The case has one important detail: Rafaela was black. Her death, accuse NGOs like Criola of the doctor and activist Jurema Werneck, could have been avoided if racial discrimination in health had already been eradicated in Brazil. Not that the maternity nurses had left the girl die deliberately because of her color. That’s not how racism works in health. It appears in small gestures. They failed to inform her during prenatal consultations about the risks of high blood pressure – the black population suffers more from this problem, and a 15 year old girl pregnant has an even higher risk. They failed to measure her blood pressure during delivery. “Sometimes people don’t even realize that they are being racists, but racism is there. It appears during the black’s turn and the registration ends. The service is provided with less care than with whites. The doctor doesn’t touch the body of the black. In dentistry it is even worse because most consultations occur in offices,” says José Marmo, dentist, also affiliated to the Criola NGO. “Racism does this. Small oversights accumulate and become serious until the person dies,” said Jurema.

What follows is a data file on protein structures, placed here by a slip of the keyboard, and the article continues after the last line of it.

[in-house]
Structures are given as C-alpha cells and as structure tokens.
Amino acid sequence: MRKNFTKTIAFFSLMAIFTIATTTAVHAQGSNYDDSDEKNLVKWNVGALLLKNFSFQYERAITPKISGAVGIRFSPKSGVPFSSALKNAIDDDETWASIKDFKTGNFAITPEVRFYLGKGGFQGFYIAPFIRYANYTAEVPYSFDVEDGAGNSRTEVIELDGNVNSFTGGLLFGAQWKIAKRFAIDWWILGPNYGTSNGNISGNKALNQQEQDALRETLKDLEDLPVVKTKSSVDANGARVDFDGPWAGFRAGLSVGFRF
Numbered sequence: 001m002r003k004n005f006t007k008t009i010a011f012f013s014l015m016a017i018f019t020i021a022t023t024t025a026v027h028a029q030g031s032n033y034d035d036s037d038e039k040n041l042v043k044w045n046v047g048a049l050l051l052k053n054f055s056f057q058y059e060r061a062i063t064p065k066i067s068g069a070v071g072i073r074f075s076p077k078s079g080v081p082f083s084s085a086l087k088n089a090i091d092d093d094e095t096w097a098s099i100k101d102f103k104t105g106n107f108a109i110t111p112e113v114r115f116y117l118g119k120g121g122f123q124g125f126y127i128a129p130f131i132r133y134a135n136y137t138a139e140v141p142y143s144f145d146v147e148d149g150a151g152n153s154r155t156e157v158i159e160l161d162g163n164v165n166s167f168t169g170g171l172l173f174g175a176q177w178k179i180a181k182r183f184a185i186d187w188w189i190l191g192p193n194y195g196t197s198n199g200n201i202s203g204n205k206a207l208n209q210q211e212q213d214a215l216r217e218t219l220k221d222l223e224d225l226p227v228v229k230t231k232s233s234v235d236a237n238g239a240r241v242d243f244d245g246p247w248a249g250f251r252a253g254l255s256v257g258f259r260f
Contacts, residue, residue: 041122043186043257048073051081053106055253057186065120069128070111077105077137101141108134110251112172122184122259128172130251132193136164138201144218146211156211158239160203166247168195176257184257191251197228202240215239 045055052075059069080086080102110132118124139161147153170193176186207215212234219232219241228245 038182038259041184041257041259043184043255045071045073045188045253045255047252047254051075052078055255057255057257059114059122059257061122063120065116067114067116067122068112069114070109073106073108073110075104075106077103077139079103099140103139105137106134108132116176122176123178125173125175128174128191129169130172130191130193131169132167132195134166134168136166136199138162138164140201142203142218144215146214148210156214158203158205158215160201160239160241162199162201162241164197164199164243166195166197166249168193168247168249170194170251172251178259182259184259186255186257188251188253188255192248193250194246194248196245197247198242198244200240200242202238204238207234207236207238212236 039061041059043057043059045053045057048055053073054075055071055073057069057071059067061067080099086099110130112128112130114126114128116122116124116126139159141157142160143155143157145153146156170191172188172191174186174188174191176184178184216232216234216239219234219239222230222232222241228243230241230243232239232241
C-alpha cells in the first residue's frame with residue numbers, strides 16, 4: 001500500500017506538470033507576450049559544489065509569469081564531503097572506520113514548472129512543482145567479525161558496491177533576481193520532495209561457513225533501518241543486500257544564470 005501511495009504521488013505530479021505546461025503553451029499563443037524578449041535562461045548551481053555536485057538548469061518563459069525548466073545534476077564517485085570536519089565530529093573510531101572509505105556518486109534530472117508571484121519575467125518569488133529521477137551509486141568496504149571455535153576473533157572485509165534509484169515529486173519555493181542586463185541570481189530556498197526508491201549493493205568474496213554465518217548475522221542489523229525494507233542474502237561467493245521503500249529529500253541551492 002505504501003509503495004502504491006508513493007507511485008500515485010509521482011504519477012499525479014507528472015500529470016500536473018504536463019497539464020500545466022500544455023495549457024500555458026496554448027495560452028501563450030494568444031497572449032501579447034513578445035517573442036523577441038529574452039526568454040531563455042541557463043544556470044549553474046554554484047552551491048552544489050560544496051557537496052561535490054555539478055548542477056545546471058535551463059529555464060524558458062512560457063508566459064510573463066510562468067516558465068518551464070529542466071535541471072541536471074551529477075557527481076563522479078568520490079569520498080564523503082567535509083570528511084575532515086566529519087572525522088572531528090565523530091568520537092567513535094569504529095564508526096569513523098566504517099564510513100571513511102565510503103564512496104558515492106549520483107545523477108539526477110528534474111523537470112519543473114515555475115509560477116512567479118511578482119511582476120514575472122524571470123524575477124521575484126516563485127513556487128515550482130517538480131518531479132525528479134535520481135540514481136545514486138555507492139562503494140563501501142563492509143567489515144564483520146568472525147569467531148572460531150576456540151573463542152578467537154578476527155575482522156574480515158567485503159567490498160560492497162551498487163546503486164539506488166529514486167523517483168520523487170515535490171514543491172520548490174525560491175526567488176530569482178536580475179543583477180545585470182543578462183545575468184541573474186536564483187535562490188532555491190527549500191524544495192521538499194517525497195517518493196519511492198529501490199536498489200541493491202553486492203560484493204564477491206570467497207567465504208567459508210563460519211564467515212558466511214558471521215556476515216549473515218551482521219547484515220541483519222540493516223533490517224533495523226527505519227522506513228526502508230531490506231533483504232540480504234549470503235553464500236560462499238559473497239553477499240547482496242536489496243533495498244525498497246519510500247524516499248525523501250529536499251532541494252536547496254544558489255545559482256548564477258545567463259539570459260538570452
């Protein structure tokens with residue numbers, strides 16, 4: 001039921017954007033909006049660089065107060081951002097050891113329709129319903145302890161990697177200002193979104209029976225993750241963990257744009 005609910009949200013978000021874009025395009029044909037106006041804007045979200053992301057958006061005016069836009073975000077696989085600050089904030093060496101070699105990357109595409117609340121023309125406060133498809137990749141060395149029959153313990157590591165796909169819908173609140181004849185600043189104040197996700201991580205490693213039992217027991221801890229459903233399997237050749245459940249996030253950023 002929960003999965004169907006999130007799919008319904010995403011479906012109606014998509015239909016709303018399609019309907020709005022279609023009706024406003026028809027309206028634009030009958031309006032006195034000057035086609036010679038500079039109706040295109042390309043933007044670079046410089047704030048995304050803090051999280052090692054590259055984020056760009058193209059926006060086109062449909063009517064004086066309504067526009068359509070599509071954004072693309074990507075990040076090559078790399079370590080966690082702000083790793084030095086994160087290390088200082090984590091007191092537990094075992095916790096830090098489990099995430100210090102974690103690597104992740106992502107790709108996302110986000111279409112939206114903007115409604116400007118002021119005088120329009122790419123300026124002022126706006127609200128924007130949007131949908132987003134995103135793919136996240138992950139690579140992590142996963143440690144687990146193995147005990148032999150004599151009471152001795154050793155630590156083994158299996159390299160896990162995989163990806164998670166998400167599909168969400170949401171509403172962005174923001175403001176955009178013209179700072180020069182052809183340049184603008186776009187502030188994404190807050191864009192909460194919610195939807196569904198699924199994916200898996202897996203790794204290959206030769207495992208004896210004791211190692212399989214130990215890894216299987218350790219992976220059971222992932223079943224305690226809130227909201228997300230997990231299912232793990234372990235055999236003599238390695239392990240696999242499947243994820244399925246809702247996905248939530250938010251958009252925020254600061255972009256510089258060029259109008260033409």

Discrimination in the public health system is felt more by blacks more than whites, according to figures from the Pesquisa Nacional de Saúde (PNS or National Health Research) revealed in May, and it shows that it has a racial character. Of all the entire white population served, 9.5% left the hospital with the feeling of discrimination. The percentage is higher among pretos (blacks) (11.9%) and pardos (browns) (11.4%), both nomenclatures adopted by the Instituto Brasileiro de Geografia e Estatística (IBGE or Brazilian Institute of Geography and Statistics) whose sum represents the black population. Fewer pretos and pardos come out with a “boa” (good) or “muito boa” (very good) evaluation of care, 70.6% and 69.4%, compared to brancos (whites), in which 73.5% of them satisfied. And those are only the less “objective” data, which depend on the opinion of respondents. The concrete data (check the chart below) shows that blacks are disadvantaged in all aspects surveyed by PNS: they consult fewer doctors and dentists, have less access to prescription drugs in their attendance, have more dengue (3), have more health problems that impede feeding, have fewer health plans (except when the employer pays the bill, another inequality sign), use toothbrush, toothpaste and floss less.